By DAVID PORTNOE
Security is always on the agenda of Jewish Community Centers and the larger Jewish community, but two separate waves of bomb threats against JCCs across the country has brought the issue of security even further to the forefront of the Jewish community in general and JCCs in particular. The Katz JCC in Cherry Hill invited its membership to a Town Hall Meeting on security Jan. 19. Panelists who spoke about security at the JCC and took questions from the membership included: Les Cohen, JCC executive director; Jeffrey Gottlieb, JCC president; Chief William Monaghan of the Cherry Hill Police Department; Andrew Smith, New Jersey security advisor for the U.S. Dept. of Homeland Security; and Kevin Seta, coordinator for the Cherry Hill Office of Emergency Management.
In opening the meeting, JCC President Gottlieb told those assembled in the social hall, “We care about the safety and security of you, your families, and your children.”
JCC Director Les Cohen added that the most important message he wanted to convey is that “when it comes to security and safety, we take this seriously.” Cohen said the JCC works daily with local police and other officials on security. He also noted that as of that day, the JCC in Cherry Hill had not received any threats, contrary to some misinformation reported in the media.
Cohen said that today’s world is not the same one that many of those in the room grew up in. He also noted that he would not share details of the JCC’s emergency plan with the public, because that could compromise the effectiveness of that plan. He told those present that the JCC leadership and law enforcement were there that evening to listen to concerns and consider the suggestions made.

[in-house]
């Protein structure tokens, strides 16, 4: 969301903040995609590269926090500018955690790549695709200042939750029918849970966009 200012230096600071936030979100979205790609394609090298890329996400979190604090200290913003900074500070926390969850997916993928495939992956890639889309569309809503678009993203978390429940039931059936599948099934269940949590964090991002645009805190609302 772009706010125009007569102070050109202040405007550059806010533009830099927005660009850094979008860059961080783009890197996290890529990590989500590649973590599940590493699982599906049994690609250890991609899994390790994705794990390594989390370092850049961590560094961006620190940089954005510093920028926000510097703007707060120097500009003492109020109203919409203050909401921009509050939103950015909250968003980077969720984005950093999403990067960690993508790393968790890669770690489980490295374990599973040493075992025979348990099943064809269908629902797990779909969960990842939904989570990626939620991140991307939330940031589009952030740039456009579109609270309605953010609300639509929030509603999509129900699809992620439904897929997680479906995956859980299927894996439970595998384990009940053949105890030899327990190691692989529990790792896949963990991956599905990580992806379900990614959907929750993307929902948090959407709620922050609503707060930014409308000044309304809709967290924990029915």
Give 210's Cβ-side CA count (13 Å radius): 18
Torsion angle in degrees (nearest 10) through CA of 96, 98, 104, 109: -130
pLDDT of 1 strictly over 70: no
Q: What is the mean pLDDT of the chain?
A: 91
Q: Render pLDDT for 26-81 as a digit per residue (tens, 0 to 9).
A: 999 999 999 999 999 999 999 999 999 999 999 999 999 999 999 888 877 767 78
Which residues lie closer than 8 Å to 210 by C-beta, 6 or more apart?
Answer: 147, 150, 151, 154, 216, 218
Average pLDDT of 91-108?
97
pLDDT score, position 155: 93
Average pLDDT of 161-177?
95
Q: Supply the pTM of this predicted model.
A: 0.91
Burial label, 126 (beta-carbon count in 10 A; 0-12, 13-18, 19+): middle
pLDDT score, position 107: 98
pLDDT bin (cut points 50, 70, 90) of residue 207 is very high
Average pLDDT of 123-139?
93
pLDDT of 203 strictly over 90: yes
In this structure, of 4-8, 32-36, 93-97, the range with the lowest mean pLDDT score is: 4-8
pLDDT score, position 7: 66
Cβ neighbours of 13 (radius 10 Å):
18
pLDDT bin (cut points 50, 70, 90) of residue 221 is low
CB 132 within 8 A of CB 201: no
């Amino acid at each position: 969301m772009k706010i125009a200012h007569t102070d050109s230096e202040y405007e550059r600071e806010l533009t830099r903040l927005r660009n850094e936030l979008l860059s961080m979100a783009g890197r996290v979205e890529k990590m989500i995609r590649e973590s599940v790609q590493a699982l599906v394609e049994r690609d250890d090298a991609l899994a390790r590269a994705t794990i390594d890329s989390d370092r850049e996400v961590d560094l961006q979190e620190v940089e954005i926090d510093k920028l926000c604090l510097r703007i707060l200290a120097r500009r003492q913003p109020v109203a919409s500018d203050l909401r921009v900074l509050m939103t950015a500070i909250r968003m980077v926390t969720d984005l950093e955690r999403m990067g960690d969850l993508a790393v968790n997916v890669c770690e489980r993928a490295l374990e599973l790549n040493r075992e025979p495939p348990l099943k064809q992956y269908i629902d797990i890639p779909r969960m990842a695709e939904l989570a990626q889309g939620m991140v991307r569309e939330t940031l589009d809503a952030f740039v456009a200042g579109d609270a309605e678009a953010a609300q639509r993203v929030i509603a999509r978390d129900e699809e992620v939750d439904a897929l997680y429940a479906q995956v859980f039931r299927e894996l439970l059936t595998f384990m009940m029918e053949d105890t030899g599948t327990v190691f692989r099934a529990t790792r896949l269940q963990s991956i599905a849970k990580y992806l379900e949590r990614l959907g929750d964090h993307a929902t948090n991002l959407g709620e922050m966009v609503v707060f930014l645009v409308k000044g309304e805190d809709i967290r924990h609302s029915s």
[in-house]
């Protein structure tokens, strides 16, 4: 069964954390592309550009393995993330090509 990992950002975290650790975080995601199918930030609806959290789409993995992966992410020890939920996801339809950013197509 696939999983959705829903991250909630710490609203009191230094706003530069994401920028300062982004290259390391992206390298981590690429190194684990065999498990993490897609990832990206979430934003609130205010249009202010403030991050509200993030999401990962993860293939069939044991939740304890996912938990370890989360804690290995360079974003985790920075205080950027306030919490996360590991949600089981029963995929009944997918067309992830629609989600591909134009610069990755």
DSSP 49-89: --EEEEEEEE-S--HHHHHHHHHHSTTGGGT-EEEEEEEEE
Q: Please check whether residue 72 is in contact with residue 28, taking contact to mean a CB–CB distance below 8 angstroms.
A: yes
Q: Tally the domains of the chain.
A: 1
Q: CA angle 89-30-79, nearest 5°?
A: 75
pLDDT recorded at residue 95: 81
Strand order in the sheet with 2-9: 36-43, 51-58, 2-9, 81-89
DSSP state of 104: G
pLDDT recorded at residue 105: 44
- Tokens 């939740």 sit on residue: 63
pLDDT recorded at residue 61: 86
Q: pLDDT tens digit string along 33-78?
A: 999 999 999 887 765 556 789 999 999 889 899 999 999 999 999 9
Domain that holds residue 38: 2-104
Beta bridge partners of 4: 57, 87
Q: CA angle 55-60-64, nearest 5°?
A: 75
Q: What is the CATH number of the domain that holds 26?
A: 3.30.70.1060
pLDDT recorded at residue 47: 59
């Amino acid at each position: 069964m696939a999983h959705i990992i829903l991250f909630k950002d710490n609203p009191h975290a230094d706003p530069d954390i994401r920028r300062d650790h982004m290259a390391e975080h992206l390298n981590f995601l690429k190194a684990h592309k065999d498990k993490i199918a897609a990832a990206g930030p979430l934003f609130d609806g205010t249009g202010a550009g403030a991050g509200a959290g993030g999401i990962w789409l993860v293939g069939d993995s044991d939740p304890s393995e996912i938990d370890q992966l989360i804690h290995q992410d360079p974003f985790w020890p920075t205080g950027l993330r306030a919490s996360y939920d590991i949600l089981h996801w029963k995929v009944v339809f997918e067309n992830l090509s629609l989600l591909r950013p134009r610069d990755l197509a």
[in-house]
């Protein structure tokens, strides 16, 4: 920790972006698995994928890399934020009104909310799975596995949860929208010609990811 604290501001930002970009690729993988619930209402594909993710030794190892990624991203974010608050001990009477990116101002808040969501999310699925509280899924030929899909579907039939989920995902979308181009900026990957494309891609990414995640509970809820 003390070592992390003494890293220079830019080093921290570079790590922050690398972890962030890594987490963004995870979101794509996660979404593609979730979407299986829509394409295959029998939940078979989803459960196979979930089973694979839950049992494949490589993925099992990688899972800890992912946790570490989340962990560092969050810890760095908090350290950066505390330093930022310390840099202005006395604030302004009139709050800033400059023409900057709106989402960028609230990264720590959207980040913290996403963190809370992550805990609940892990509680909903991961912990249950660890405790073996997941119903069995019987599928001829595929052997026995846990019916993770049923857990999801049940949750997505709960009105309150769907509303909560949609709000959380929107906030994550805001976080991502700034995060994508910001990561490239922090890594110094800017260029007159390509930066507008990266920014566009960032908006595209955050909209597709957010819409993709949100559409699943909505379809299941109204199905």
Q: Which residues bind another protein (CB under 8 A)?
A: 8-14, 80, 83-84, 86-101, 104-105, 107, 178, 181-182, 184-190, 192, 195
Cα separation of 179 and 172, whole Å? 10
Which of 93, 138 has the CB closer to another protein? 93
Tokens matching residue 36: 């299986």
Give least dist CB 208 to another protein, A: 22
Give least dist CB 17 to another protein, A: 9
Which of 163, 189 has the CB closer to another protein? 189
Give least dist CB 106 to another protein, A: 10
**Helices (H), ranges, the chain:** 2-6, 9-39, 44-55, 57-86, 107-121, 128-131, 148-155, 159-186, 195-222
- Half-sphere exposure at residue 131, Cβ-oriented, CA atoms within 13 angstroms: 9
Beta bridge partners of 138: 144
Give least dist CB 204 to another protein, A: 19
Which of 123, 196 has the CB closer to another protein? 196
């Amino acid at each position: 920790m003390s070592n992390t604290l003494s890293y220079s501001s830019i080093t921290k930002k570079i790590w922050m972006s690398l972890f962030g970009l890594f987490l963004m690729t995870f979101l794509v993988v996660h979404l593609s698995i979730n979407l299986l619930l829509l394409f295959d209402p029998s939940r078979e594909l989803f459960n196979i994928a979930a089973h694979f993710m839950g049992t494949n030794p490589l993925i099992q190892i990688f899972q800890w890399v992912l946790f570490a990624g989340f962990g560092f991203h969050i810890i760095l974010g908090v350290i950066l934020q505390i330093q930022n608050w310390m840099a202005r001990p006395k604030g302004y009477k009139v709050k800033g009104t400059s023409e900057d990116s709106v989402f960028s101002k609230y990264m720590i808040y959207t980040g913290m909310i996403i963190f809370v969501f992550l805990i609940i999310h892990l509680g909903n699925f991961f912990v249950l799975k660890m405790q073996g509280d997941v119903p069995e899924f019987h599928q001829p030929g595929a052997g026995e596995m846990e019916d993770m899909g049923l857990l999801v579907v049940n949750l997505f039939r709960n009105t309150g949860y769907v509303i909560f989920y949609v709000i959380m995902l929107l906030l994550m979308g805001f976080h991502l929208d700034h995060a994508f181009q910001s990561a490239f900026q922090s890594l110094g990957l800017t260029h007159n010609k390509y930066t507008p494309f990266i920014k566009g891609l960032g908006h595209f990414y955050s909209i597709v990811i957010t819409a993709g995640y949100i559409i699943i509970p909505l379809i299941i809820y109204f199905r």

Monaghan said that his department has a “true partnership, not just with the JCC, but with the Jewish Federation and the local schools. “The trust is built between us,” he said, adding that the Federation, the JCC, and other Federation agencies have a direct line to him. “We do have a plan and we do work together.”
Monaghan noted that safety starts with the public. “If you see something that does not look right, you need to let someone know.”
The Dept. of Homeland Security’s Andrew Smith said that he worked closely with the JCC when it hosted the Maccabi Games. He also mentioned SAFE-NJ, an app that allows people to have direct contact with the New Jersey State Police. Smith echoed Chief Monaghan’s encouragement to report things that don’t look right. “If you see something, say something.”
JCC members in attendance were then invited to ask questions and offer suggestions, which ranged from installing a guardhouse and bullet-proof glass to moving certain activities to areas of the building that were less directly accessible to the general public. In addition to the suggestions to enhance security, several people expressed the hope that the JCC would maintain the character it has always had that makes it a center of Jewish life in the area.
“We don’t want the children to live in fear,” said Monaghan. “We are all in this together.”
Les Cohen said that every suggestion made would be discussed and considered, but due to safety concerns the amount of information released to the public would need to be limited. Releasing what the JCC was doing would jeopardize the effectiveness of those measures, he said. In the days following the Town Hall meeting, the JCC membership was informed of a number of steps being taken to enhance security.